Let’s rewind for a second. While not only related to EA, loot boxes and the debate about whether or not they are gambling has been on the table for the last few months. Suddenly, serious government entities are discussing the practice and examining it like any other monetary vice. The UK, Belgium, Hawaii, and a number of other government bodies have looked into, or are currently looking into whether or not loot boxes can/should be considered as gambling. This is important not because it will decide whether or not the practice is ok, but because it will determine whether or not it’s ok for minors to play such games and to what level of scrutiny and fairness loot boxes would have to operate under.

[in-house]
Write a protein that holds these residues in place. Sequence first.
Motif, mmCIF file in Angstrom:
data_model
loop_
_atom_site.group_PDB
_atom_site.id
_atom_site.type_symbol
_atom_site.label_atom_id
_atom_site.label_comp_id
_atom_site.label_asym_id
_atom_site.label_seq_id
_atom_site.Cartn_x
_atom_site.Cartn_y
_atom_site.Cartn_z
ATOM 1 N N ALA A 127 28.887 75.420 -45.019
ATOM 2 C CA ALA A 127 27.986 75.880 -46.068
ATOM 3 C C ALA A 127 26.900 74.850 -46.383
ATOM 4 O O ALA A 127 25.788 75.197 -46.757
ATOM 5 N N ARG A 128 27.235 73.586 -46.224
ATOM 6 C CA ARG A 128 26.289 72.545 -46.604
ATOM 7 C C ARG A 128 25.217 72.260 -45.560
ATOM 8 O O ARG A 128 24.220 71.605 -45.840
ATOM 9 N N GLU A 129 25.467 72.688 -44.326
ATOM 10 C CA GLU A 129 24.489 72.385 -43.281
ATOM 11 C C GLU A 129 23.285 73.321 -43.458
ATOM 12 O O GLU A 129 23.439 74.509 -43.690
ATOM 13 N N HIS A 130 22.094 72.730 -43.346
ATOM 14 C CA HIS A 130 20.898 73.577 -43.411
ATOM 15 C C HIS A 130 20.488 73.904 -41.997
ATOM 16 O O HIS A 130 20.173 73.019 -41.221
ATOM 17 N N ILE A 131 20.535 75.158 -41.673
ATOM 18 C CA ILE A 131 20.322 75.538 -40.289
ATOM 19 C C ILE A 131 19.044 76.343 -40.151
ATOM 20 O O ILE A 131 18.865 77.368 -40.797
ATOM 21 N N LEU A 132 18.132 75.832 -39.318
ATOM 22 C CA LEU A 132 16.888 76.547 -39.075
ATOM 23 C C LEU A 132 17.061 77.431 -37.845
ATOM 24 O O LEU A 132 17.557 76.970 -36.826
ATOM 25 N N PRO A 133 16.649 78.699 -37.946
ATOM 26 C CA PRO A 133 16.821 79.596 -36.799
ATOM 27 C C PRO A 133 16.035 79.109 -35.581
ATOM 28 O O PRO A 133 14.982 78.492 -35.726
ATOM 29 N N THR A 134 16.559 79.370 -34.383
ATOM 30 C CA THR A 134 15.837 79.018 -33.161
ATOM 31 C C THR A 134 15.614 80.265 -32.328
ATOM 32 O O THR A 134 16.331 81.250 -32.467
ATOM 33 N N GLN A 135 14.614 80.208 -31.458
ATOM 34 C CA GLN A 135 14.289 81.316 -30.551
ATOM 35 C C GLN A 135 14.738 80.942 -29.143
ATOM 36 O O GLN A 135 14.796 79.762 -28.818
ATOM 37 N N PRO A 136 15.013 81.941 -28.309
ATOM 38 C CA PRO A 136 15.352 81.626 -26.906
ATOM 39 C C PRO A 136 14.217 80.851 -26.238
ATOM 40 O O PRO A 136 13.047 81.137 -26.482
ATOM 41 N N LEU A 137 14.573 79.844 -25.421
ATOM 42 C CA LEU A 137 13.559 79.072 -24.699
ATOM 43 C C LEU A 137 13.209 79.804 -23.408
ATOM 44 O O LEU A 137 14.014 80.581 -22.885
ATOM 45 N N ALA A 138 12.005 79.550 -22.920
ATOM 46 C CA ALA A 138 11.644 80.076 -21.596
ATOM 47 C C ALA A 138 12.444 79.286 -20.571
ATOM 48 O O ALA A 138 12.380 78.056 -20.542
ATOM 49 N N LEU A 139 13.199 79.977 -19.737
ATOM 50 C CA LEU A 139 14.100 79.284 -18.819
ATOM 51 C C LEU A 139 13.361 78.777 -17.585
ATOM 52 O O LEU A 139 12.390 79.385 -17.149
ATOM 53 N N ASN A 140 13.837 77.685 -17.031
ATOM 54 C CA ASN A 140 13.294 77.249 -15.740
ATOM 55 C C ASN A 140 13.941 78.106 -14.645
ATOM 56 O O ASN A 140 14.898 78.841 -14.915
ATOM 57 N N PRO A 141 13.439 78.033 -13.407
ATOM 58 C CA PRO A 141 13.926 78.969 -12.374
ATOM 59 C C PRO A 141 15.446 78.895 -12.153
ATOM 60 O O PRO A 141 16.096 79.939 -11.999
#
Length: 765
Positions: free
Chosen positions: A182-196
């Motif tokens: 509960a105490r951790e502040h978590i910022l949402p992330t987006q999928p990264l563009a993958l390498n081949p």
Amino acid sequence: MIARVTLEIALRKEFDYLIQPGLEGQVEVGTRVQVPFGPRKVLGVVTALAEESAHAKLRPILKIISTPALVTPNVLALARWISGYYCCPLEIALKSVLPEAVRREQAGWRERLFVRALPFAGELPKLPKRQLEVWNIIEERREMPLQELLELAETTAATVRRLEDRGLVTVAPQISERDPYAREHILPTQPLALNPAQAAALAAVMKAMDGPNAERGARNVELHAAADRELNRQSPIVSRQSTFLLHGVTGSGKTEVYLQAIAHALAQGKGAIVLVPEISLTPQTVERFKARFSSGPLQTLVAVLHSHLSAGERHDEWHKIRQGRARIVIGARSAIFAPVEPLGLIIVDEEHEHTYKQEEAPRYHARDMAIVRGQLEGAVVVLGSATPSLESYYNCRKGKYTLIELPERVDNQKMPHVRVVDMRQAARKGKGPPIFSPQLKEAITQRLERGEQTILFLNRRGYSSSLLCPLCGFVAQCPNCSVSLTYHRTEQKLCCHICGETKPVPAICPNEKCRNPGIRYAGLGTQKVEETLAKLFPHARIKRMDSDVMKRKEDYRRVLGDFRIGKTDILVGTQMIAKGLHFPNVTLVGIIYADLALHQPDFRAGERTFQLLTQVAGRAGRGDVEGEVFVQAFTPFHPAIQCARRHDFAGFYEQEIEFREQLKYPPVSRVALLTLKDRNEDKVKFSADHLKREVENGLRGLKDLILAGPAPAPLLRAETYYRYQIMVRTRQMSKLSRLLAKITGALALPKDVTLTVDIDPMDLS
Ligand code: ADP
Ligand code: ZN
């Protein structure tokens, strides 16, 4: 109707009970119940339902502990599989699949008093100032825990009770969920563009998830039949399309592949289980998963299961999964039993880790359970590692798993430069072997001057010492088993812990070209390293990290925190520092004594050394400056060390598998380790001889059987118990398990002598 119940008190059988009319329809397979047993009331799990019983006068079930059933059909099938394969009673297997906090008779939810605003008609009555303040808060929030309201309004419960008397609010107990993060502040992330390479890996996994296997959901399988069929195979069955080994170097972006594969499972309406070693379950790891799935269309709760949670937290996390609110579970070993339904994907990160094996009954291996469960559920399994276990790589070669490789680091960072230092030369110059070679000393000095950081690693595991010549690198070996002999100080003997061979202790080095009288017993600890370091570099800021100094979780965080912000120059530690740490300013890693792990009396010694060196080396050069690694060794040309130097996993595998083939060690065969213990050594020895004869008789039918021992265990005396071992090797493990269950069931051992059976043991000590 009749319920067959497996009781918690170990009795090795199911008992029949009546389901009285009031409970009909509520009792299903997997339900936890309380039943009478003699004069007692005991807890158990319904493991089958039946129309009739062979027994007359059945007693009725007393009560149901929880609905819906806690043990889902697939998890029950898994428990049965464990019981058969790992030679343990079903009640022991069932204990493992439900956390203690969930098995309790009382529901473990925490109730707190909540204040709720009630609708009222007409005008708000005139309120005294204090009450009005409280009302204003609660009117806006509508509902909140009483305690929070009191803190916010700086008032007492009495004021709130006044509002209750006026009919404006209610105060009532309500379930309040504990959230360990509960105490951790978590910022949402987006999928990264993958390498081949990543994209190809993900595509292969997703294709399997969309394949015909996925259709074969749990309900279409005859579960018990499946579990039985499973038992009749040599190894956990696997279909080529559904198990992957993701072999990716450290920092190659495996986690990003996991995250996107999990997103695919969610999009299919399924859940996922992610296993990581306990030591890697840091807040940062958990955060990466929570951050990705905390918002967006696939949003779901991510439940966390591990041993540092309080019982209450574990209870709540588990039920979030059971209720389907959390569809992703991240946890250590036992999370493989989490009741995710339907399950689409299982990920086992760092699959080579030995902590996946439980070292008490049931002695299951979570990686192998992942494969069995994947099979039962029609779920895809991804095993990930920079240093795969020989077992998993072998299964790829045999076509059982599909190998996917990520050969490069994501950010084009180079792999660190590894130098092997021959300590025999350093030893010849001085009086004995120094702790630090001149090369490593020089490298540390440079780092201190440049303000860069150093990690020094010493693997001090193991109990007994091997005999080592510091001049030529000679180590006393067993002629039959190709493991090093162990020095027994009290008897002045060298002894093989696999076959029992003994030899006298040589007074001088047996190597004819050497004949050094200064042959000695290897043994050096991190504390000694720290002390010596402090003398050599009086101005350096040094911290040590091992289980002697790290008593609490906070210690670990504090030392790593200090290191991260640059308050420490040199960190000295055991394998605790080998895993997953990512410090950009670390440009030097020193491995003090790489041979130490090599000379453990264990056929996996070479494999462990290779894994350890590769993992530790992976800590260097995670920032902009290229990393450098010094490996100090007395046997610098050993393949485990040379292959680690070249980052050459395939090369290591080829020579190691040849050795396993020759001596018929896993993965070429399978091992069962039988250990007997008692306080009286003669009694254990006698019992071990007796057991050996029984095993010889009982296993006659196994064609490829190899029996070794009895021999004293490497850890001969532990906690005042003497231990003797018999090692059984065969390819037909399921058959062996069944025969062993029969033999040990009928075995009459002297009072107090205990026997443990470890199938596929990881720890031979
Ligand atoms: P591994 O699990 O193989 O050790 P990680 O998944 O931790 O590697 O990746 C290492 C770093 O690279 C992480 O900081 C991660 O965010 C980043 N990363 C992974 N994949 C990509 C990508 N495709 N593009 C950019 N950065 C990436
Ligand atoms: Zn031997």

Most Western countries regulate their gambling practices with specific win/loss percentages and transparent reporting to those governments concerning practices and profits. Some countries even force companies to display the specific win percentage odds to the public. This conversation is important because of how it affects mass media. News companies aren’t diving into the nuances of whether or not loot boxes actually are gambling, with honest headlines and detailed analysis of government gambling standards and how they apply to games. They’re just reporting sensationalist headlines, essentially telling parents that games are gambling and their kids are being taken advantage of. That’s a huge problem for a company like EA or Activision that makes, presumably, the bulk of its revenue today from microtransactions and sell a ton of games to kids. There’s a reason COD players are stereotyped as 14 year olds who got hold of mommy’s credit card.